Monday, February 12, 1996
Bill would ask men to register after they romp

BY CLIFF RADEL
The Cincinnati Enquirer

State representative Kelsey Friend Jr. wants his fellow Kentuckians to have sex on a registered basis.

Virile men in the state are to pay $25 and fill out forms at the county courthouse every time they think they fathered a child out of wedlock the night before.

The catch - and stay with me on this one - is that failure to register would mean a man relinquishes his rights as a parent should a child be born and put up for adoption.

''We have 13,000 births per year in Kentucky that involve children born out of wedlock,'' Mr. Friend explains by phone from his statehouse office in Frankfort. His voice, deep, calm and all-knowing like a country preacher's, takes on a touch of sadness as he repeats the figure: ''13,000.''

Not wanting to be one of those smart-aleck journalists who make sport of homespun politicians from Kentucky - some reporters did that to a guy named Lincoln once and ended up looking stupid instead of smart - I can't help but think in the back of my mind: 13,000 x $25.

That's $325,000 a year. Mr. Friend may be on to something for states rich in testosterone but poor in economic base.

But, morality, not money, is his motive.

Mr. Friend says the bill grew out of his anguish over Baby Richard and Baby Jessica. Those were the adopted children awarded to biological parents who sought their return through the courts.

''Those situations came along,'' he says, ''and made my heart burn.''

Children born out of wedlock are vulnerable to this wrenching experience, Mr. Friend reasons. ''That's the sad truth of this scenario. Many of these children are put up for adoption. They should not be left out there on what I call a rental basis. Something must be done.''

''Something'' is his bill: ''An act relating to the termination of parental rights in adoption proceedings.'' It was passed without debate by the Kentucky House and sent to the Senate.

Mr. Friend knows his approach is unusual. He admits it does not directly address a biological mother's rights. He's just after the one-night-stand daddies.

''The idea of a father registering after he has had sex with a woman is certainly novel,'' he says in an accent - thick with the tones, twang and drawl of Eastern Kentucky - that could charm the wings off a fly.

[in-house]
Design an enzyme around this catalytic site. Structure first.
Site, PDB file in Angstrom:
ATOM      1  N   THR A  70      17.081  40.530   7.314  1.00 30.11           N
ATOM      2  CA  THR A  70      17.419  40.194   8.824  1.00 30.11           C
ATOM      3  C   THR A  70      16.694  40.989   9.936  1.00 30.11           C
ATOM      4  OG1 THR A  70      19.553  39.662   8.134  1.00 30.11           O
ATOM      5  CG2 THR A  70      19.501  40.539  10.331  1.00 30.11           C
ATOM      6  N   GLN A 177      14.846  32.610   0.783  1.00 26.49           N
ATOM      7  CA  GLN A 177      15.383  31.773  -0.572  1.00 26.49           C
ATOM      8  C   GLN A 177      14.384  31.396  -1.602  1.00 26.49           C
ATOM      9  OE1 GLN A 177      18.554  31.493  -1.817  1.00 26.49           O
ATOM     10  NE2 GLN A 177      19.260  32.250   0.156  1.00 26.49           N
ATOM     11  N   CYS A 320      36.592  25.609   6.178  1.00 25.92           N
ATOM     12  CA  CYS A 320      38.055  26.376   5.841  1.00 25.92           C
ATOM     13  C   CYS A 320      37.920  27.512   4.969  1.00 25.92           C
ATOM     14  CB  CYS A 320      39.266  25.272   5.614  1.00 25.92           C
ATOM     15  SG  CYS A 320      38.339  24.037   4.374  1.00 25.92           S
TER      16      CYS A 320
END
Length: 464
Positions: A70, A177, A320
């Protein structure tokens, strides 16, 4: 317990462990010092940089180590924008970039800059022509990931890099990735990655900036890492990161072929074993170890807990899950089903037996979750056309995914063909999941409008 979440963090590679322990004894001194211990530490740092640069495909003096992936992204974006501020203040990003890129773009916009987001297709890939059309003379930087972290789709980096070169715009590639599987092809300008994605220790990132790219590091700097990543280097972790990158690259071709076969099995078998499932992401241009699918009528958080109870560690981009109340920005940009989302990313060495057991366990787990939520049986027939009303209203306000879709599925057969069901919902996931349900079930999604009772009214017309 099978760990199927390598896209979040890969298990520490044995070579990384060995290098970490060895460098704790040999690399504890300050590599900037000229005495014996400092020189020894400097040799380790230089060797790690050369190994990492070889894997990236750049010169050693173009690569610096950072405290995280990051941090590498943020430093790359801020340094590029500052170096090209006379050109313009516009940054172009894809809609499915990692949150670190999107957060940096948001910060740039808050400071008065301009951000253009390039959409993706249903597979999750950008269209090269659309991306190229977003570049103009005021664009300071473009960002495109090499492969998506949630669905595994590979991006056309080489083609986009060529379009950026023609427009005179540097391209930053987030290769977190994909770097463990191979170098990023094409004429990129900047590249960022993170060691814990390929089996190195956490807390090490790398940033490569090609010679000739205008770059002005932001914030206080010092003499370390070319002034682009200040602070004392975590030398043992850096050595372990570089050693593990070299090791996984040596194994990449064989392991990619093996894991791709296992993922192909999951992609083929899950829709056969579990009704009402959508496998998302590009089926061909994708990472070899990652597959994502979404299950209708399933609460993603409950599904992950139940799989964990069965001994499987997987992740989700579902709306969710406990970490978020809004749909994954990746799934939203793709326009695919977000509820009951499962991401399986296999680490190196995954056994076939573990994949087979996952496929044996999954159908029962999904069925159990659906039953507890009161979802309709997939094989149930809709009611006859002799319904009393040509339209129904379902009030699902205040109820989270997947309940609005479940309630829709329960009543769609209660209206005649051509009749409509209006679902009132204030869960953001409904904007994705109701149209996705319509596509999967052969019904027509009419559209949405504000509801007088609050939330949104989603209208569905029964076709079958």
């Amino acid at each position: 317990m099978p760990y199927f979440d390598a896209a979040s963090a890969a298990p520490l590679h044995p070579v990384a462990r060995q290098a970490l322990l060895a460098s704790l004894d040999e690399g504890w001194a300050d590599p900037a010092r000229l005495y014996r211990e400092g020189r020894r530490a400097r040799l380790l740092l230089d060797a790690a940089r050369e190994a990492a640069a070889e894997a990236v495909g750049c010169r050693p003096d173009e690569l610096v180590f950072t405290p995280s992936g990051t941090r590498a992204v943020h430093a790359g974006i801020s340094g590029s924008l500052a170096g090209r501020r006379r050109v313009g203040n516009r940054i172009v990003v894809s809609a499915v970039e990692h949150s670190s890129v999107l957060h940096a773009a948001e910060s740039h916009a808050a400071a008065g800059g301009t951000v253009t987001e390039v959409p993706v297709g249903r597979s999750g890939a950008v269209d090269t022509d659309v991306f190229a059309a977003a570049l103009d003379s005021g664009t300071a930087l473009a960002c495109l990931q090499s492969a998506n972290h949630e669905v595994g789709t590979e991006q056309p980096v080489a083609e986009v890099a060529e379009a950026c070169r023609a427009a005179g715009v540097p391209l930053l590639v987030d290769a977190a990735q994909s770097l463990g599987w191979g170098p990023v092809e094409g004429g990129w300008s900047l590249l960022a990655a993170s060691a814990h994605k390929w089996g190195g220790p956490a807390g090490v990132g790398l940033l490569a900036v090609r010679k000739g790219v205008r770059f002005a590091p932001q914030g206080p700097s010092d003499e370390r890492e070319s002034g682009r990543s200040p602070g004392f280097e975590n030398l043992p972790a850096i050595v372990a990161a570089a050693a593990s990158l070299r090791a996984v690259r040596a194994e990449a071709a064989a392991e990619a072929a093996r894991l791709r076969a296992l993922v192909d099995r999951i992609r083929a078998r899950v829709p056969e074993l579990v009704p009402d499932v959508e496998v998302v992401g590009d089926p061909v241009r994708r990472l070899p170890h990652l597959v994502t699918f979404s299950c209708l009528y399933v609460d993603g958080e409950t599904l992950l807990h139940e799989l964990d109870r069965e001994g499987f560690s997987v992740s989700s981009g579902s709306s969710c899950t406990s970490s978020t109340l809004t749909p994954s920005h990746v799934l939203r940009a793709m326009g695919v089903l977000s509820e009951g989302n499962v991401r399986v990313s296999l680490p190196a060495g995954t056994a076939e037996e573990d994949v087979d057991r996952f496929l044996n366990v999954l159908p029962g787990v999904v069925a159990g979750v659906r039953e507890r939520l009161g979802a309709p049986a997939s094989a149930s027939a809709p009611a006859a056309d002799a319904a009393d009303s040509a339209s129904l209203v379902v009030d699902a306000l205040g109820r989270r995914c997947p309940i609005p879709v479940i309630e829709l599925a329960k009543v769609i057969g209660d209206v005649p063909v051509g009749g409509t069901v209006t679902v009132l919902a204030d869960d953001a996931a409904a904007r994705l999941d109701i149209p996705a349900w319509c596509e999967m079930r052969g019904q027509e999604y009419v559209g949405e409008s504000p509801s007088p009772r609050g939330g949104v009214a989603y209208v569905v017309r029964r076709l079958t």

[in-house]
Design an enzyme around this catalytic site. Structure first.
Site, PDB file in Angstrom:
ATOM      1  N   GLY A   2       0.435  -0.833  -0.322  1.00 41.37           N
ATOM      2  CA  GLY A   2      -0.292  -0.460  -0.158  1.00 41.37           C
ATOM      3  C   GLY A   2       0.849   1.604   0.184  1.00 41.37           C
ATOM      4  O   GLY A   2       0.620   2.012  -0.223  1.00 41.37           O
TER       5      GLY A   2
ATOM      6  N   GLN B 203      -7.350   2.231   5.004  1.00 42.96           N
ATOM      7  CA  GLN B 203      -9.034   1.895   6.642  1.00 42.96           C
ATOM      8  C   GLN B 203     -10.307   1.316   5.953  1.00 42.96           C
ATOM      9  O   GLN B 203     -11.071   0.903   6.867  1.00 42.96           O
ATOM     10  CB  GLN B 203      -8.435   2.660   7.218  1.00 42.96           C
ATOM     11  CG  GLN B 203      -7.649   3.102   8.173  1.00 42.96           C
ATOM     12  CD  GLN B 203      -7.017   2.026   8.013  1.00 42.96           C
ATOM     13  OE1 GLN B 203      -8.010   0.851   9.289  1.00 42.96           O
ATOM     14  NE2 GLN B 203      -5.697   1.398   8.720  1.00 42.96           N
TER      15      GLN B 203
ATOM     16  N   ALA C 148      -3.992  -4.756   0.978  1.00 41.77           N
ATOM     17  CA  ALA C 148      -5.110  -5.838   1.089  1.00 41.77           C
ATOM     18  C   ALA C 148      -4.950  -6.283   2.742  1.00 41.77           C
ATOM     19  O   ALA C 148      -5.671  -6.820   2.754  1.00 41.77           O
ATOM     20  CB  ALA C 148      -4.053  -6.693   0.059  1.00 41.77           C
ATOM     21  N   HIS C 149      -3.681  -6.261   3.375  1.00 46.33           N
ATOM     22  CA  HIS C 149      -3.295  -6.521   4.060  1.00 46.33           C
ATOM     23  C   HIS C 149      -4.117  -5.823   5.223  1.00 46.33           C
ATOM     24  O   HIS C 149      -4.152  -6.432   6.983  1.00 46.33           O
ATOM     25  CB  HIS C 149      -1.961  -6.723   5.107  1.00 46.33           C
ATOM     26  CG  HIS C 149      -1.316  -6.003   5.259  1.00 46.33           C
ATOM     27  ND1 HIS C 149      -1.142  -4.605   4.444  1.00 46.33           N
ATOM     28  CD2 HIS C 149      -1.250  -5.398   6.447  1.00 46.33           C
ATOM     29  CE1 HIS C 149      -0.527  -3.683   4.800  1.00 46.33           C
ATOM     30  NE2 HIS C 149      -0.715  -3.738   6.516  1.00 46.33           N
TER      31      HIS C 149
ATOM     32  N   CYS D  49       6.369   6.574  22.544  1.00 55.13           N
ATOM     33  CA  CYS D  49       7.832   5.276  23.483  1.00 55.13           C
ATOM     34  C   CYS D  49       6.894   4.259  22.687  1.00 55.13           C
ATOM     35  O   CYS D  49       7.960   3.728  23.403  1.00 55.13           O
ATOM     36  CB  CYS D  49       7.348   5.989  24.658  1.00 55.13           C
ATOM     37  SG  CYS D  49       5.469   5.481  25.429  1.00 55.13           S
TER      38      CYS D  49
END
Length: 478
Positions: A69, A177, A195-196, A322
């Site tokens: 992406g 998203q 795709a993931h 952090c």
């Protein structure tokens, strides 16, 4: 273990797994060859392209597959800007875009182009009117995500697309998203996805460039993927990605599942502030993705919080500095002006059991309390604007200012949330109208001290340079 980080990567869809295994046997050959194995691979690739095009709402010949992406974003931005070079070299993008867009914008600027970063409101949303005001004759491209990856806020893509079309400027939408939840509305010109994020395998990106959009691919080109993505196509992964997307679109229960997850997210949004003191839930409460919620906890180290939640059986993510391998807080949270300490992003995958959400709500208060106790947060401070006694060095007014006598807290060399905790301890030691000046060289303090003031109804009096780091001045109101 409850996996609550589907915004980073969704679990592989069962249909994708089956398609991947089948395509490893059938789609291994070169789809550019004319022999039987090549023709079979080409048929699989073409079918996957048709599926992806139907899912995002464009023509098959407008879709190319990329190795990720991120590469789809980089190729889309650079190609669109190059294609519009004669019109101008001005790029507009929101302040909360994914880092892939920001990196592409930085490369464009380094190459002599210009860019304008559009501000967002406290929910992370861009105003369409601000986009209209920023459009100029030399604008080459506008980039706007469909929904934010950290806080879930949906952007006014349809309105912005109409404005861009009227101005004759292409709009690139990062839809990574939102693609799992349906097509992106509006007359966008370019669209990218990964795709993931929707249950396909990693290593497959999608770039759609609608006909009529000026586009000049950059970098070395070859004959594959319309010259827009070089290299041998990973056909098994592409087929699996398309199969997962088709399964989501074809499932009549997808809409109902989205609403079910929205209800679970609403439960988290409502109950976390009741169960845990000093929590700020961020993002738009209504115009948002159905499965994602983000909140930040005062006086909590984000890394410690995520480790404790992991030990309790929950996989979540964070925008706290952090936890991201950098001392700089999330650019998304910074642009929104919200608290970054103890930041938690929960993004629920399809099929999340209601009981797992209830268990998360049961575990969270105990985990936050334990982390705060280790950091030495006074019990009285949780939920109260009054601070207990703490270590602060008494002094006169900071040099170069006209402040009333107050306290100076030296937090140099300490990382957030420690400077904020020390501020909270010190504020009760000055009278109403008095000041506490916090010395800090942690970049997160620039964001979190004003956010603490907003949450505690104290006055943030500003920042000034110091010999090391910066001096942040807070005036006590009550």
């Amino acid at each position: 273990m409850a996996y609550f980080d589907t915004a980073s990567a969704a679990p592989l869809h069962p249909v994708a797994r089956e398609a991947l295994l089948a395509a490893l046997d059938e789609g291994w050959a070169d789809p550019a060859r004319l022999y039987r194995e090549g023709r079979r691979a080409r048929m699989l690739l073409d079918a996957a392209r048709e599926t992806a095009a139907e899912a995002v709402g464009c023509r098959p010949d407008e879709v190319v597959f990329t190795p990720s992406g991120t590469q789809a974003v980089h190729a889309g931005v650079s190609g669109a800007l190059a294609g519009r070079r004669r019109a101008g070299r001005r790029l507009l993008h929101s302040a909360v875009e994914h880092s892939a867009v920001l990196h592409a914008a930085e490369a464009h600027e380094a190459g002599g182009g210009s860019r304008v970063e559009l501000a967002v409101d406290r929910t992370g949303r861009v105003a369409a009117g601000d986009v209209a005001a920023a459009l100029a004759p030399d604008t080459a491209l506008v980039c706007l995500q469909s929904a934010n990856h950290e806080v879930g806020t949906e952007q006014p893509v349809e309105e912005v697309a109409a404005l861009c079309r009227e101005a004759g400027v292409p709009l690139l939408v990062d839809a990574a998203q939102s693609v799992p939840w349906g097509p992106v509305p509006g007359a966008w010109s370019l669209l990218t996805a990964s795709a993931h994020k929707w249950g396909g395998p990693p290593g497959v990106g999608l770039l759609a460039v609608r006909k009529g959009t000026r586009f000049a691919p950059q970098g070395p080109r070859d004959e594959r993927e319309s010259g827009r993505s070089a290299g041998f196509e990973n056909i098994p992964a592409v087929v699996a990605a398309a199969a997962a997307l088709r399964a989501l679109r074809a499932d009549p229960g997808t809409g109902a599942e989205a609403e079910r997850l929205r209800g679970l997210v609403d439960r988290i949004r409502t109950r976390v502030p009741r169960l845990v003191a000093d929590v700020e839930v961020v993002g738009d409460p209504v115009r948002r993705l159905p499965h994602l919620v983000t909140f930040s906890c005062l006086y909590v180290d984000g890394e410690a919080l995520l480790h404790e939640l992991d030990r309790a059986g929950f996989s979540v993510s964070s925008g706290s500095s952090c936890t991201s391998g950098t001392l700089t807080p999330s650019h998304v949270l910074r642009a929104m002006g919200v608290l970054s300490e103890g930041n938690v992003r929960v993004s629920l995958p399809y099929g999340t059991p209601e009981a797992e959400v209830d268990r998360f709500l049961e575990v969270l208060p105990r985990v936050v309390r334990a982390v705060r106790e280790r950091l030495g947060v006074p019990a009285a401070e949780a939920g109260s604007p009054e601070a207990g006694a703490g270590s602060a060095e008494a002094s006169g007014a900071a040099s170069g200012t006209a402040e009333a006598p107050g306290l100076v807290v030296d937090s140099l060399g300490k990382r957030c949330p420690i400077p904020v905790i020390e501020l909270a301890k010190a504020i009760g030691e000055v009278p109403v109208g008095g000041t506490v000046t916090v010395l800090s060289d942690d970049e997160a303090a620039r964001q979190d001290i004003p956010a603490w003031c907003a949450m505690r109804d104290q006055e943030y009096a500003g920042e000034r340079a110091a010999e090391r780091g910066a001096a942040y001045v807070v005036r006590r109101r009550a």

''I guess it is even absurd,'' he adds, ''if you want to think about it from a pure standard that has come along for years.''

And, what might that standard be?

''Well, basically,'' he says, ''that men are expected to hit and run, as the old saying goes.''

Mr. Friend wants to hit them where it hurts - in the wallet - so they won't run . . . too far. He wants them to pay $25 per encounter and answer some questions on an official form.

What's a guy fessing up to?

The form asks a potential father-to-be to report the following ''about the woman with whom he had intercourse:'' Full maiden name. Full married name (if applicable). Date and place of birth. Social Security number.

Picture the action at those bars on the Kentucky waterfront if this bill becomes law. Instead of asking for a woman's sign, lounge lizards will slither up and say, ''Hey good-looking, I'm 243-95-1357. What's your Social Security number?''

The Friend bill's form also wants to know ''the location at which the intercourse took place, by state, city and county'' and ''the date on which the intercourse took place.''

At least the form doesn't ask how many times anyone said, ''Baby, oh baby.''

The form's invasion of privacy angle seems to have escaped Mr. Friend. He doesn't see this as big government poking its nose through the bedroom curtains.

''To look after a child,'' he solemnly intones, ''does not seem to be absurd.''

But to sponsor a bill like this does.

Utah - a state with 6,000 illegitimate births a year - already has a have-sex, will-register law. It's been in effect since May 1995.

How many men have registered?

18.

So much for guys putting in writing what big fun they had on Saturday night.

Cliff Radel's column appears in The Enquirer Monday, Wednesday and Friday. Available to speak to groups. Tips and comments most welcome. Call 768-8379 or fax at 768-8340.